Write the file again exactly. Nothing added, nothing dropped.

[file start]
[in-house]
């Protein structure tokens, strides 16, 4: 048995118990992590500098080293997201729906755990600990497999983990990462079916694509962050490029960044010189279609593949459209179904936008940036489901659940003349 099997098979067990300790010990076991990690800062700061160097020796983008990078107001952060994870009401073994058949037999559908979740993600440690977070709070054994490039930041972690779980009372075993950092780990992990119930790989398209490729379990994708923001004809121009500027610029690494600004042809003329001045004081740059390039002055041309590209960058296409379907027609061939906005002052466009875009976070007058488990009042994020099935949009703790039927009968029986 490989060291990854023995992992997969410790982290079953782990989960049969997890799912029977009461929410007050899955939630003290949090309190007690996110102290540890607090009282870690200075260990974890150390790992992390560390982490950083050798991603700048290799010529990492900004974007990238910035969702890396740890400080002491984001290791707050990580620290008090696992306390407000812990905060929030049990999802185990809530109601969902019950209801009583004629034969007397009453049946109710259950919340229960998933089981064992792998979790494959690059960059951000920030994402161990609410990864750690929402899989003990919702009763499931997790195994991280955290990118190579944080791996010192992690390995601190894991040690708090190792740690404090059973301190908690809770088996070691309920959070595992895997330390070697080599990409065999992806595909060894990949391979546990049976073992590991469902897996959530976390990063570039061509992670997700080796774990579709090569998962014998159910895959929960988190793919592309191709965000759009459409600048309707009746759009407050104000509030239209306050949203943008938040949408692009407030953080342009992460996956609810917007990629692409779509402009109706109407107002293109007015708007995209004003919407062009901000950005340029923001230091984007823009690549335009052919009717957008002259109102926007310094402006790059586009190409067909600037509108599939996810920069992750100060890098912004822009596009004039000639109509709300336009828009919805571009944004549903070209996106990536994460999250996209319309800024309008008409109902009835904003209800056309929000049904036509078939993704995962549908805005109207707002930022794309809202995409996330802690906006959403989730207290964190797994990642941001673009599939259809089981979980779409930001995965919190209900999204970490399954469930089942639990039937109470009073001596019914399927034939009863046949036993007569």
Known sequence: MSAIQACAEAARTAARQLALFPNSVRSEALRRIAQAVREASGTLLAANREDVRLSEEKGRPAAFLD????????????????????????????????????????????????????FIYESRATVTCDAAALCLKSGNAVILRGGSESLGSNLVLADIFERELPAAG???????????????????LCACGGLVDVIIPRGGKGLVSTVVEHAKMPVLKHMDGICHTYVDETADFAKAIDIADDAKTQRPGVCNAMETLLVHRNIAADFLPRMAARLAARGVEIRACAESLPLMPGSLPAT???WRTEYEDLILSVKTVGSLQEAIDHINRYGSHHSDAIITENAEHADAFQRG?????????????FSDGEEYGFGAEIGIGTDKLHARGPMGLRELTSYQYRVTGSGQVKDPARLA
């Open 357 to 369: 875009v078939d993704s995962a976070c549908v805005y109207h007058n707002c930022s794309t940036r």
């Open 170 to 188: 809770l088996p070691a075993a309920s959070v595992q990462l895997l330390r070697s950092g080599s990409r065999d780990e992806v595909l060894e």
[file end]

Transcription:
[in-house]
């Protein structure tokens, strides 16, 4: 048995118990992590500098080293997201729906755990600990497999983990990462079916694509962050490029960044010189279609593949459209179904936008940036489901659940003349 099997098979067990300790010990076991990690800062700061160097020796983008990078107001952060994870009401073994058949037999559908979740993600440690977070709070054994490039930041972690779980009372075993950092780990992990119930790989398209490729379990994708923001004809121009500027610029690494600004042809003329001045004081740059390039002055041309590209960058296409379907027609061939906005002052466009875009976070007058488990009042994020099935949009703790039927009968029986 490989060291990854023995992992997969410790982290079953782990989960049969997890799912029977009461929410007050899955939630003290949090309190007690996110102290540890607090009282870690200075260990974890150390790992992390560390982490950083050798991603700048290799010529990492900004974007990238910035969702890396740890400080002491984001290791707050990580620290008090696992306390407000812990905060929030049990999802185990809530109601969902019950209801009583004629034969007397009453049946109710259950919340229960998933089981064992792998979790494959690059960059951000920030994402161990609410990864750690929402899989003990919702009763499931997790195994991280955290990118190579944080791996010192992690390995601190894991040690708090190792740690404090059973301190908690809770088996070691309920959070595992895997330390070697080599990409065999992806595909060894990949391979546990049976073992590991469902897996959530976390990063570039061509992670997700080796774990579709090569998962014998159910895959929960988190793919592309191709965000759009459409600048309707009746759009407050104000509030239209306050949203943008938040949408692009407030953080342009992460996956609810917007990629692409779509402009109706109407107002293109007015708007995209004003919407062009901000950005340029923001230091984007823009690549335009052919009717957008002259109102926007310094402006790059586009190409067909600037509108599939996810920069992750100060890098912004822009596009004039000639109509709300336009828009919805571009944004549903070209996106990536994460999250996209319309800024309008008409109902009835904003209800056309929000049904036509078939993704995962549908805005109207707002930022794309809202995409996330802690906006959403989730207290964190797994990642941001673009599939259809089981979980779409930001995965919190209900999204970490399954469930089942639990039937109470009073001596019914399927034939009863046949036993007569």
Known sequence: MSAIQACAEAARTAARQLALFPNSVRSEALRRIAQAVREASGTLLAANREDVRLSEEKGRPAAFLD????????????????????????????????????????????????????FIYESRATVTCDAAALCLKSGNAVILRGGSESLGSNLVLADIFERELPAAG???????????????????LCACGGLVDVIIPRGGKGLVSTVVEHAKMPVLKHMDGICHTYVDETADFAKAIDIADDAKTQRPGVCNAMETLLVHRNIAADFLPRMAARLAARGVEIRACAESLPLMPGSLPAT???WRTEYEDLILSVKTVGSLQEAIDHINRYGSHHSDAIITENAEHADAFQRG?????????????FSDGEEYGFGAEIGIGTDKLHARGPMGLRELTSYQYRVTGSGQVKDPARLA
């Open 357 to 369: 875009v078939d993704s995962a976070c549908v805005y109207h007058n707002c930022s794309t940036r």
């Open 170 to 188: 809770l088996p070691a075993a309920s959070v595992q990462l895997l330390r070697s950092g080599s990409r065999d780990e992806v595909l060894e």